which is a chapter of Japanese Farm Food
Adapted from Japanese Farm Food
Years ago, when Tadaaki and I were first married, we made rice bran pickles (nukazuke). They immediately captivated me. The mildly sour rice bran imparts an unusual tang to the vegetables that is more subtle than the typical salt, soy sauce, or vinegar pickles. Also the rice pickling mash (nukadoko) creates wick-dry pickles with an indescribable flavor that is impossible to duplicate otherwise. Nukazuke often accompanies the bowl of rice served at the end of a casual-style Japanese meal. I’ve heard of people keeping their nukadoko fresh and alive for years. But we are not one of them—we would lose track of the days and forget to turn the nukadoko to keep it from getting sour. And eventually we had to toss the whole thing and start again, though often not until the next summer, at the height of eggplant and cucumber season—two vegetables that are transformed by nukadoko into cannot-stop-eating pickles. But now we have a rice-polishing machine in the garage, so fresh rice bran is available when it is time to make our nukadoko. Because inevitably I still manage to forget to turn the mash, and inevitably the mash becomes sour. But that’s okay. Life is a process, and so is pickle making. It’s okay to make mistakes along the way. That’s called being human.
To make the nukadoko:
- 10 cups (about 1 pound) rice bran
- 11 tablespoons (about 6 ounces) salt
- 3 tablespoons brown rice miso
- 2 (4- by 2-inch) pieces of konbu
- 5 dried red peppers
- 6 strips tangerine or sour orange peel, such as daidai or Seville (optional)
- Cuttings or pieces of mild vegetables: carrot, zucchini, squash, green beans, etc.
Parch the rice bran over a low flame in a large wok or frying pan until dry and powdery to the touch. (The bran should be warm but must not brown.) Remove from the heat and dump into a large mixing bowl. Bring 4 cups water to a boil with the salt; stir to dissolve. Stir the brine into the parched rice bran to make a thick paste and fold in the miso. Mix well.
Pack the bran mixture (nukadoko) into a large crockery pot with a lid or a plastic container. Poke in the konbu, dried red peppers, and citrus peel (making sure they are completely submerged). Nukadoko is a living thing, so embrace the natural beauty of it and don’t be afraid of it. The nukadoko needs about a week to ripen and grow “good bacteria.” You will see no visible change each day, but you will be able to taste how the nukadoko progressively sours and develops a more complex flavor profile as each day passes.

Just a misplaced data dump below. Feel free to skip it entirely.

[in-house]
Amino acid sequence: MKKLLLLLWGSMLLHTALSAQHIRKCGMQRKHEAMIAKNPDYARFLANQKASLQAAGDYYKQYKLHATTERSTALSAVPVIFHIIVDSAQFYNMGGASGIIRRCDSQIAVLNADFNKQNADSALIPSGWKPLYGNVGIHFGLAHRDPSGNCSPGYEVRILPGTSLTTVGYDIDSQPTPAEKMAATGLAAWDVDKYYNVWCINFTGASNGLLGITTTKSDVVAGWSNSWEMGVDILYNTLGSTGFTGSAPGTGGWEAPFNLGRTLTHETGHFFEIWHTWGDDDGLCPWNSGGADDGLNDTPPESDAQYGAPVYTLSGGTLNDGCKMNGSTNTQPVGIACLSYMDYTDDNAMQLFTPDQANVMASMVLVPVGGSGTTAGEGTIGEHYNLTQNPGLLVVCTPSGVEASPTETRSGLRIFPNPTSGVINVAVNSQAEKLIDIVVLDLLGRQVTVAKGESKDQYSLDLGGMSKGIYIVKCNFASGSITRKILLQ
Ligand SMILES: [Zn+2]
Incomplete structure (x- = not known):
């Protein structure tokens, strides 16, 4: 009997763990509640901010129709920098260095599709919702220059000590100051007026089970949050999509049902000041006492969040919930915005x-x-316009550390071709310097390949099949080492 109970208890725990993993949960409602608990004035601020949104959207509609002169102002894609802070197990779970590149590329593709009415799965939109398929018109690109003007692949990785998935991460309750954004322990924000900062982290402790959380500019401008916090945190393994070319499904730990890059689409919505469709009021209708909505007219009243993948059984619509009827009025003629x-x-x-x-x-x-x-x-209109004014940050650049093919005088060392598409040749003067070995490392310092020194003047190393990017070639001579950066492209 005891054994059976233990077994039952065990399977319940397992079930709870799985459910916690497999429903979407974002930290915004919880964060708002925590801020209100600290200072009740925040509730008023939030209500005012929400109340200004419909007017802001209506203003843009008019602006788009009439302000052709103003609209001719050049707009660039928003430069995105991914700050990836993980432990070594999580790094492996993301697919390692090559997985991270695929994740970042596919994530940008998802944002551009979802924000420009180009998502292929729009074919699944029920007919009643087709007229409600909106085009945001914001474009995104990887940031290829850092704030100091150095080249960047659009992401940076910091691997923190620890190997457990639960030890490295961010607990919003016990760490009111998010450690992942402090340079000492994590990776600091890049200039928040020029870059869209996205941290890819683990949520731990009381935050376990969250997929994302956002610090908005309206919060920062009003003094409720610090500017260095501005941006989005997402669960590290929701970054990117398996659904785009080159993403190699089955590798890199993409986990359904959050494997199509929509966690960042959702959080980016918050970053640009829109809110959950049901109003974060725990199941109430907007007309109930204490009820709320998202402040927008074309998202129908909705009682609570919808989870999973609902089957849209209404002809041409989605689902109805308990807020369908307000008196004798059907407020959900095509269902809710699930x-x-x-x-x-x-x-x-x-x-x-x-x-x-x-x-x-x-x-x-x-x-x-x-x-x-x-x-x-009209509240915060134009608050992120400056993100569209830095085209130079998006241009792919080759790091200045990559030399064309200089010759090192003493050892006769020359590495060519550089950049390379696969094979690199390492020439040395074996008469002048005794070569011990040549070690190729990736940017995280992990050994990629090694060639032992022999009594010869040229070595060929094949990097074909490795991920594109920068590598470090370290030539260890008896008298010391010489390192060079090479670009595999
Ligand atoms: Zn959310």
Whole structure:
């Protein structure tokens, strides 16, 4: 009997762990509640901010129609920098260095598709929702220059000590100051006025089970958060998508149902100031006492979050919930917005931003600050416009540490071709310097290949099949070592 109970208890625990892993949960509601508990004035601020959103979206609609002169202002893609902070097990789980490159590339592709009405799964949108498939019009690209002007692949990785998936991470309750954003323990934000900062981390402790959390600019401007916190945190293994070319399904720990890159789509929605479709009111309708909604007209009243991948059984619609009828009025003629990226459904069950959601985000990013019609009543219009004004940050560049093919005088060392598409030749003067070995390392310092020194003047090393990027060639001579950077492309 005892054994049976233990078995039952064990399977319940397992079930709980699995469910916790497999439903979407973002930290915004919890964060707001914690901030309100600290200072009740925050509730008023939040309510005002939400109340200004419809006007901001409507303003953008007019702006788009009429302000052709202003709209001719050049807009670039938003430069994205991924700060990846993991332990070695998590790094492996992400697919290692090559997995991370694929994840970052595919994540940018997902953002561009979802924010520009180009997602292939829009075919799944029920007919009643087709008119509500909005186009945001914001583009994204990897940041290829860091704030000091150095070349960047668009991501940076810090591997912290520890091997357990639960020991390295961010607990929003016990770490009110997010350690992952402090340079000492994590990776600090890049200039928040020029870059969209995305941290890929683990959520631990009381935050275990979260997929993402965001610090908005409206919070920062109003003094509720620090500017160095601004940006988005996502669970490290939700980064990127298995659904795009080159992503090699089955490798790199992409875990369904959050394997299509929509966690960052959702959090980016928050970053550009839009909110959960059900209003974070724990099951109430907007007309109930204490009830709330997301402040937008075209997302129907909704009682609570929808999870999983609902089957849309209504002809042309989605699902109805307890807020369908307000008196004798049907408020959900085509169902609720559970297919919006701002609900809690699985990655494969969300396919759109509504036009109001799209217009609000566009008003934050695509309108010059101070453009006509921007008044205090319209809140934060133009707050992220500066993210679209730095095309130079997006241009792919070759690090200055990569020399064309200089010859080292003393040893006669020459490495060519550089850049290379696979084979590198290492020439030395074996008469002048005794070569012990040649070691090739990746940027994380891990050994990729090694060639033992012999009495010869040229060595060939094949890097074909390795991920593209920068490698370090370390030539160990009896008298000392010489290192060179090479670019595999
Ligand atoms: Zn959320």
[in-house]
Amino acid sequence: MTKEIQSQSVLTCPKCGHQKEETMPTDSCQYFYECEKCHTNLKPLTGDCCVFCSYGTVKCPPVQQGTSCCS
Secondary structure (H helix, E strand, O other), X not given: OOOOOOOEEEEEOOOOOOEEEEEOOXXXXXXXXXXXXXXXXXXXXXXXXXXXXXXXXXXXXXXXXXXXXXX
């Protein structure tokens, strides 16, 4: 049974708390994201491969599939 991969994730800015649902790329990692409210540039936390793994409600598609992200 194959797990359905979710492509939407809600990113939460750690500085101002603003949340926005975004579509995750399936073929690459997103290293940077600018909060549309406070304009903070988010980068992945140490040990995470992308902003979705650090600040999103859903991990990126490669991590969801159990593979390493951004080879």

When starting your nukadoko, store the crock at room temperature, out of direct light. Each day, starting with Day One, put a few cuttings or pieces of vegetable into the mixture and let sit overnight. The following day, pick out the vegetables and discard. Turn the mixture over with your hands to aerate and promote its health. Taste the mixture each day to understand how it is changing and how it is alive. If you forget to turn the mixture one day, it may have formed a fine white bloom. Scrape that off. If you forget for two days in a row, you risk souring the nukadoko. Three days and it’s gone—you might as well throw the whole thing out and start again. After a week, the nukadoko should be nicely seasoned and ready to use. If tended, it will keep for years.
To make nukazuke:
Good choices to pickle in nukadoko are cucumbers, carrots, okra, green beans, thin-skinned mild green peppers, Japanese eggplants, radishes, myoga, turnips, squash, or daikon. Pink- or purple-skinned vegetables such as eggplant, radish, and myoga should be rolled in salt before putting them into the bran mash to prevent discoloration.
Push the vegetables into the nukadoko until completely covered. Softer vegetables should be left for 4 to 6 hours. Thick and figrous vegetables, such as daikon, will need more time. When the vegetables are pickled, wash off the bran mash, dry well, and slice into serving-size pieces.
Whether you make pickles every day or not, you must turn the mixture every day, or it will go off—once a day in the winter, but twice a day in the summer. Most vegetables will be done in about a half a day in the summertime but will take a few hours longer on cold winter days. Also the nukadoko should be saltier in the summer to hinder spoilage. As winter approaches, you can let the salt balance gradually soften.
Taste the nukadoko every day, and never forget that it is a living thing, so multiple variables come into play. It takes some trial and error, but don’t be afraid to try and don’t be afraid to fail. It’s all a learning experience.